On the field, the Eagles look to be ending their season with a visible wobble. With a Championship Shield semi-final berth already guaranteed, Sheffield have now lost three consecutive games -  going down 18-32 at home last week against against the already relegated Bradford Bulls.

Having trailed by just 10-16 at the break, Sheffield snatched an 18-16 lead after 47 minutes courtesy of a quick-fire brace of tries, but Bradford hit back with two more of their own, adding a late one to blow out the scoreline to 18-32. Most eye-catching stat of the day was the hat-trick that Bulls winger Omari Caro ran through his opposite number Garry Lo.

Defeat to the Bulls came on the back of a frankly brutal trip to Toulouse on Bank Holiday Monday, where Mark Aston’s side was compelled to travel at 7am on the day of the game - which had an 8pm kick-off.  Needless to say, they went down 32-16 in Blagnac.

In an attempt to arrest the wobble, Mark Aston is using the last two games of the season as an audition for the Shield finals, saying this week that any player finding a level of consistency will put themselves in the frame for a place in their Championship Shield semi  - which could mean yet another trip to Toulouse (any bets on a midnight kick-off on a Tuesday?).

Hornets make the trip to Sheff/Hudders/Wake/School - field (delete as appropriate) buoyed by last week’s massive win over Swinton and on the very cusp of securing Championship survival. Having added two crucial points to the gap between Swinton and Oldham, all eyes will be on their relegation shoot-out at Heywood Road. With only two points available after Sunday, the loser of that game won’t be able to catch Hornets.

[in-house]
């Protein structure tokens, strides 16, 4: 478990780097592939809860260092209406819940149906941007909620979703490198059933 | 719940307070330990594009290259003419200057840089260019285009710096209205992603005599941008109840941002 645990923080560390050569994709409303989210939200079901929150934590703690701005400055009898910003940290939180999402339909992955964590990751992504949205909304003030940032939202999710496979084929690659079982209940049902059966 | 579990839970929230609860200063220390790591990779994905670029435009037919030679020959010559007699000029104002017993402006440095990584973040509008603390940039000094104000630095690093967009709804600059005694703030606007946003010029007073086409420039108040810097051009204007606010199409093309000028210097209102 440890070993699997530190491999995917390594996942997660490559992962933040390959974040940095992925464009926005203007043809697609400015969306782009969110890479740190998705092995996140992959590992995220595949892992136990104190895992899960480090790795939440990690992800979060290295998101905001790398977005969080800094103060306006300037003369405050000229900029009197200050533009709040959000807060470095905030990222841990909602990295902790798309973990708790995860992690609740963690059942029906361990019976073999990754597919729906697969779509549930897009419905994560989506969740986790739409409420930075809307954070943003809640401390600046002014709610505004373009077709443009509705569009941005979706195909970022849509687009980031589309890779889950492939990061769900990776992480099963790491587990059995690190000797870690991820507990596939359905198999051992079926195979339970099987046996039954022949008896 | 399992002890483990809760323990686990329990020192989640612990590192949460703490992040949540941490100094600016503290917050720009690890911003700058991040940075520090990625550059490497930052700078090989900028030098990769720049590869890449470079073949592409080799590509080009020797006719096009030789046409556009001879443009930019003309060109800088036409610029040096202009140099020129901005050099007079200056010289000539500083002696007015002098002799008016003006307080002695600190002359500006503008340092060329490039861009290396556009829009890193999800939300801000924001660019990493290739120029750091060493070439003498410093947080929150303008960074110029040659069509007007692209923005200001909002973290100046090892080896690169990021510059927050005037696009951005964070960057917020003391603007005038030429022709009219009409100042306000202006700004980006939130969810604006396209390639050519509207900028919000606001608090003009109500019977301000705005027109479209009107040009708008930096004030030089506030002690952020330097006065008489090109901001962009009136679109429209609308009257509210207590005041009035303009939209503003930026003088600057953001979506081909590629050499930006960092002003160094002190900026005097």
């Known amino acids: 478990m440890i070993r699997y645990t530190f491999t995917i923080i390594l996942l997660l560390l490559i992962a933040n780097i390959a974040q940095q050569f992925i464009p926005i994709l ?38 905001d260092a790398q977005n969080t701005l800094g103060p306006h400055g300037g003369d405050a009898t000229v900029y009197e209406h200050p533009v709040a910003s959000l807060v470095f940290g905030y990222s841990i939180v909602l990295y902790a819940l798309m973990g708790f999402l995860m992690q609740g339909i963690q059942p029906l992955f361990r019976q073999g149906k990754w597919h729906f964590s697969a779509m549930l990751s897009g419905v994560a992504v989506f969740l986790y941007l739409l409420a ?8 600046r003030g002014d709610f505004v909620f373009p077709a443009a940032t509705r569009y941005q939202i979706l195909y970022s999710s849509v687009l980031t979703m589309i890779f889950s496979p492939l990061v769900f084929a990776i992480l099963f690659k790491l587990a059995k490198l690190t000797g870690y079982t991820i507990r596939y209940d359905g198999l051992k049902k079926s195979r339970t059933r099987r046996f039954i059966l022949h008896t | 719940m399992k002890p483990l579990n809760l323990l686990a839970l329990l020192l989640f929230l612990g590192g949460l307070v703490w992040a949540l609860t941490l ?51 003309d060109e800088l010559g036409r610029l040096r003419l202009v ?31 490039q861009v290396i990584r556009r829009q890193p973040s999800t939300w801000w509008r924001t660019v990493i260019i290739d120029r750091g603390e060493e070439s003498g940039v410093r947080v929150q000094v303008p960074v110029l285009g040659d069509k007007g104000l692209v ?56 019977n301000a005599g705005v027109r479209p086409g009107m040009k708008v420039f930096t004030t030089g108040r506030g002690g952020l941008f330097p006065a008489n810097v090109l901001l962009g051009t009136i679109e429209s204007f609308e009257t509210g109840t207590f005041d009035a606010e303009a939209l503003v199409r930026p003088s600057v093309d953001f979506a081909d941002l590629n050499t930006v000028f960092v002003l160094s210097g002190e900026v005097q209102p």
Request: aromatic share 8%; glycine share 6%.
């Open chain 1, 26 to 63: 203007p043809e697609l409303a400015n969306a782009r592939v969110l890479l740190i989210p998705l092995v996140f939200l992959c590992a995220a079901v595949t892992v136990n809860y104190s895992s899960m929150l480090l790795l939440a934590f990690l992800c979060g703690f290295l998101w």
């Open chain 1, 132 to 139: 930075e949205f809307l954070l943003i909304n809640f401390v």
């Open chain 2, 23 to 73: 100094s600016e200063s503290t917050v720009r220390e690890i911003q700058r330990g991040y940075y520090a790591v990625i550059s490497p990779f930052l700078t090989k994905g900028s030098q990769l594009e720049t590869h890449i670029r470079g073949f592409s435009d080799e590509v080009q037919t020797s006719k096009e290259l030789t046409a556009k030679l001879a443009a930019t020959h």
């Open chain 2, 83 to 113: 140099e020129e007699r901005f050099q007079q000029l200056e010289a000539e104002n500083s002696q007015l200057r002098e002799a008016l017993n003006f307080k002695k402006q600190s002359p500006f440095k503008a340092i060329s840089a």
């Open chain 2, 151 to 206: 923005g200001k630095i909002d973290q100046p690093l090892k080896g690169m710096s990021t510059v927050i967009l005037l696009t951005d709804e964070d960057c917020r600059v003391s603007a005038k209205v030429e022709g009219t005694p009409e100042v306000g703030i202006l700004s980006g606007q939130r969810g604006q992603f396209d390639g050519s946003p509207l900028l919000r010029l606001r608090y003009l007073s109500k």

Oldham’s points difference is 129 worse than Swinton’s, which puts them in grave danger, as - even if they win - should Swinton lose in their last game at Toulouse and Oldham beat Dewsbury in theirs, the Roughyeds could still go down on points difference unless the games throw-up at least a 130 point swing (this weekend’s game pending).

If Swinton win on Sunday AND at Toulouse - and Hornets lose both remaining games - the worst we can finish is 6th, which gains us another Championship season next year.

By far the worst scenario would be a draw at Heywood Road. That would leave a two point gap between Hornets and the other two clubs - so everyone in the mix would go into the last game of the season seeking points to secure survival. But let’s not go there…

In a season that’s seen us slay a couple of  Yorkshire bogey sides, a much overdue Hornets win at Sheffield would make things very simple indeed - and now is the time for our all-important 18th man - the travelling support - to stand-up and be heard.

So here’s how to get there:

The TLCRF80mins short-cut.

Off the M62 at junction 31 as if you’re going to Featherstone. Follow Pontefract Rd towards Featherstone as far as the roundabout at the new West Yorkshire Police headquarters - turn right and follow the A655 towards Wakefield for about 10 minutes until you reach the A638, Doncaster Road. Turn right at the lights and go under the railway bridges, the ground is on your left after about 300 yards. It takes just 50 minutes - so get yourself over there.

Details for your SatNav are
163-165 Doncaster Road, Wakefield WF1 5EY.

Sheffield have been poorly supported all season, so if  we can make some noise and ‘own’ the atmosphere, it’ll give the lads a massive boost! So let’s get there in numbers, out-sing the home support and get the lads over the line in style. No excuses - see you in Wakefield.